I read an interesting blog post recently entitled “Three Ways to Market Nostalgia in Social Communities.” As someone who has enjoyed more than a few good moments of nostalgia I thought maybe this topic would provide fertile ground for discussion. Apparently products from the past are in vogue, such as retro versions of Pepsi and Coke, but does this have any relevance to IT?
While I can understand someone enjoying the nostalgic connection with Frosted Flakes’ Tony the Tiger saying “They’re Gr-r-reat!” is there anyone out there yearning for the days of 20,000 vacuum tubes and the Eniac Computer or the FORTRAN computer language or the Pong computer game – okay on the last one I admit a small tinge of nostalgia. Is there anything we miss about the past in IT? Computer Cards, Room-size computers, the floppy disk?
And by inference does this mean that everything new in IT is good? One of the challenges with IT is the pace of progress. Products and technologies are being rapidly superceded so where does that leave the IT staff and the vendors who are trying to keep pace?
At Accellion we have experienced first hand the widespread adoption of virtual and cloud environments and the rapidly changing landscape for IT deployments. Since we introduced the industry’s first virtual appliance for secure file transfer back in November 2007, now more than 80% of Accellion secure file transfer deployments are into virtual environments. Originally we supported just VMware, and have since added support for Citrix XenServer and also most recently Microsoft Hyper-V. And we see the same steep adoption curve happening this year with cloud deployments.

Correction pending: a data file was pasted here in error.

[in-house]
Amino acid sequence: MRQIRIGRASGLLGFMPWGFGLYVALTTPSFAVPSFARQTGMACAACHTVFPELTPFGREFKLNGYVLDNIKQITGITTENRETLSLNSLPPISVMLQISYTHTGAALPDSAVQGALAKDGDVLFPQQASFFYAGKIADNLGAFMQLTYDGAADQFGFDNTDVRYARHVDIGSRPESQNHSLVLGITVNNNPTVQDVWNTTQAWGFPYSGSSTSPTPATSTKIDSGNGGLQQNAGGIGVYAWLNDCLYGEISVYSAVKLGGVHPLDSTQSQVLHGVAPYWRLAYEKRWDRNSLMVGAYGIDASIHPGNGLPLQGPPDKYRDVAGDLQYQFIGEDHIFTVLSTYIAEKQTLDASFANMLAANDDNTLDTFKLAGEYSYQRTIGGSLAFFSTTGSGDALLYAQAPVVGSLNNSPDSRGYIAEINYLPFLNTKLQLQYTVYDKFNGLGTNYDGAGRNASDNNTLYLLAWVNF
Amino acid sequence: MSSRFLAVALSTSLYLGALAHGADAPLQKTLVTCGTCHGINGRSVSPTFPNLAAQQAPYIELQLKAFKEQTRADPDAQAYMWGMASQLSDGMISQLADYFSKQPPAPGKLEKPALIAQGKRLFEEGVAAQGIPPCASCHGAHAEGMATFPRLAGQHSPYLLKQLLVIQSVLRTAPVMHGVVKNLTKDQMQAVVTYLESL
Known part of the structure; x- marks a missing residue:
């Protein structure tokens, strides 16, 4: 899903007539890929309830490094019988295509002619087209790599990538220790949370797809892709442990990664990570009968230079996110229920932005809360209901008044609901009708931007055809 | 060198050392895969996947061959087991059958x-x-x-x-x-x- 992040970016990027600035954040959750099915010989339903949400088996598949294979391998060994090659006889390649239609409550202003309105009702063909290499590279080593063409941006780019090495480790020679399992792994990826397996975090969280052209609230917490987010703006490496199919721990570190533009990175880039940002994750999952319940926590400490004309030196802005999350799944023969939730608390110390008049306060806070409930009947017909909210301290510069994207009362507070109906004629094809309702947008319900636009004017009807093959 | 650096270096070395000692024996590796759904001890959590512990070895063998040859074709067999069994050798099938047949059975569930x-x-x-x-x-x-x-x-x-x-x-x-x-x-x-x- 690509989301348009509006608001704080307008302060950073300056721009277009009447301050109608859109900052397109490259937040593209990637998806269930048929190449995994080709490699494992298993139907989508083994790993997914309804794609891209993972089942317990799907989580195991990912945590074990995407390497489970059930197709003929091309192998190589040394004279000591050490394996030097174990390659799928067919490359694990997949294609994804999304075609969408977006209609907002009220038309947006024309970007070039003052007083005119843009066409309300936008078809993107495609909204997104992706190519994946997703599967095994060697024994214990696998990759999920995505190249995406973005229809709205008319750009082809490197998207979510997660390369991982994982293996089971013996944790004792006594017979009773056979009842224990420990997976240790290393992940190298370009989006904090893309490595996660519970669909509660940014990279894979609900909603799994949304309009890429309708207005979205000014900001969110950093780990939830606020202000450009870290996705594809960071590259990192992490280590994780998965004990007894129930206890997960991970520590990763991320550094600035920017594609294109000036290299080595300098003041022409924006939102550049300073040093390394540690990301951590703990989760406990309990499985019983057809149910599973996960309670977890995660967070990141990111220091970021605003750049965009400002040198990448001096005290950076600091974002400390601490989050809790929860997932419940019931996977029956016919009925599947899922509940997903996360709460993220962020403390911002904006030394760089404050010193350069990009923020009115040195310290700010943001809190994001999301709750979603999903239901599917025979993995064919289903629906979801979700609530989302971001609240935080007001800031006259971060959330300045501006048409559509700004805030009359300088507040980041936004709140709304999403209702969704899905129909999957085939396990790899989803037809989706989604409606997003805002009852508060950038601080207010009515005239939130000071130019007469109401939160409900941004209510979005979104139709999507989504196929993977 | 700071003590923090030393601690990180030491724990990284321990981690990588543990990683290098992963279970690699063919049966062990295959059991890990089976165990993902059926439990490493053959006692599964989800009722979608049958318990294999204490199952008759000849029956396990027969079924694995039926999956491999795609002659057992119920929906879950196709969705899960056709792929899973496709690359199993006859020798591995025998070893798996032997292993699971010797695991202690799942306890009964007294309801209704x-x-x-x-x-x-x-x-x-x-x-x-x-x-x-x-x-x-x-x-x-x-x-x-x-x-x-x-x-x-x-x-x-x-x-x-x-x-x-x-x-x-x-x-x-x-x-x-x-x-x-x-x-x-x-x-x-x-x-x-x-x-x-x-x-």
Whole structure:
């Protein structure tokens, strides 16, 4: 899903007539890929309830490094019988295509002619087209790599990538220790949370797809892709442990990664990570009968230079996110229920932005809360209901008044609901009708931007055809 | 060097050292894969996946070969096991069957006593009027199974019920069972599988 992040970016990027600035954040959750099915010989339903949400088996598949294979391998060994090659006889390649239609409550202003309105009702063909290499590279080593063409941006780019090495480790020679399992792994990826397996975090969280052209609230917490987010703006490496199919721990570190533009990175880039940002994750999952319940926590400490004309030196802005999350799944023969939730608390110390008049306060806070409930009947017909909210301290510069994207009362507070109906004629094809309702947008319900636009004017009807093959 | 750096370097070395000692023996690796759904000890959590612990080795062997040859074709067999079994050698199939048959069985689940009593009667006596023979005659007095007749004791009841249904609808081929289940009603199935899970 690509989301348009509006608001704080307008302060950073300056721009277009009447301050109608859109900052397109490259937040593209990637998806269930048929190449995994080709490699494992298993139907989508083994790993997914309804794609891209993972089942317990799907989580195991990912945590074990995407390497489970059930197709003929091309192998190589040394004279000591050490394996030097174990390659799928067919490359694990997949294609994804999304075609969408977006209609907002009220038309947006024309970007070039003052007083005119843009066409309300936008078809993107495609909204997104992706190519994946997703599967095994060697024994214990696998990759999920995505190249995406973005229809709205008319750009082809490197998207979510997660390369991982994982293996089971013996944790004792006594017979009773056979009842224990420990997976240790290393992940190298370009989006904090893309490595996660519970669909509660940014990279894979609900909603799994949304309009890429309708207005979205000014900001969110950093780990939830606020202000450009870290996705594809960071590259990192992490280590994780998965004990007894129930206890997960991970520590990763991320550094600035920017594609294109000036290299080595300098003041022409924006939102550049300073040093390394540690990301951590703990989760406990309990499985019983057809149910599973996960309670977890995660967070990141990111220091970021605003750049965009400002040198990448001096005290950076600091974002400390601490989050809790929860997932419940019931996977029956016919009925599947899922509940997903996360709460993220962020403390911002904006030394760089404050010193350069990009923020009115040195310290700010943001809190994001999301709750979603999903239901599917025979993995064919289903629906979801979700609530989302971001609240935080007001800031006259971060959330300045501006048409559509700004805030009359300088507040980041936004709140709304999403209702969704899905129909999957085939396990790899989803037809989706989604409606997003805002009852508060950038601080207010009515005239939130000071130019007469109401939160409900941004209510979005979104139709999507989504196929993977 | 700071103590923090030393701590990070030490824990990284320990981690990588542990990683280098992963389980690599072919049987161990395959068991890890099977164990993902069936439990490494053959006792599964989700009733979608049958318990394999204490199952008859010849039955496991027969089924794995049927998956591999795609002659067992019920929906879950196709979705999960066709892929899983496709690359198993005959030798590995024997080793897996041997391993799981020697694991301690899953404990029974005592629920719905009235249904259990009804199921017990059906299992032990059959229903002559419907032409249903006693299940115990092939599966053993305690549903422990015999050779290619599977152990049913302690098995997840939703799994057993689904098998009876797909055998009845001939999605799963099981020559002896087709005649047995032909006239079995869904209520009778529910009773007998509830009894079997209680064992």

Today, deployment of Accellion secure file transfer can take just minutes and that’s a good thing for everyone. Some of our earliest customers from 2005 and 2006 are now replacing their original Accellion physical appliances with virtual and/or cloud deployments – it’s great to see them enjoying a whole new flavor of Accellion.
Are we nostalgic for the time when we were on first name terms with the FedEX guy, shipping large volumes of physical servers out to our customers – no way.
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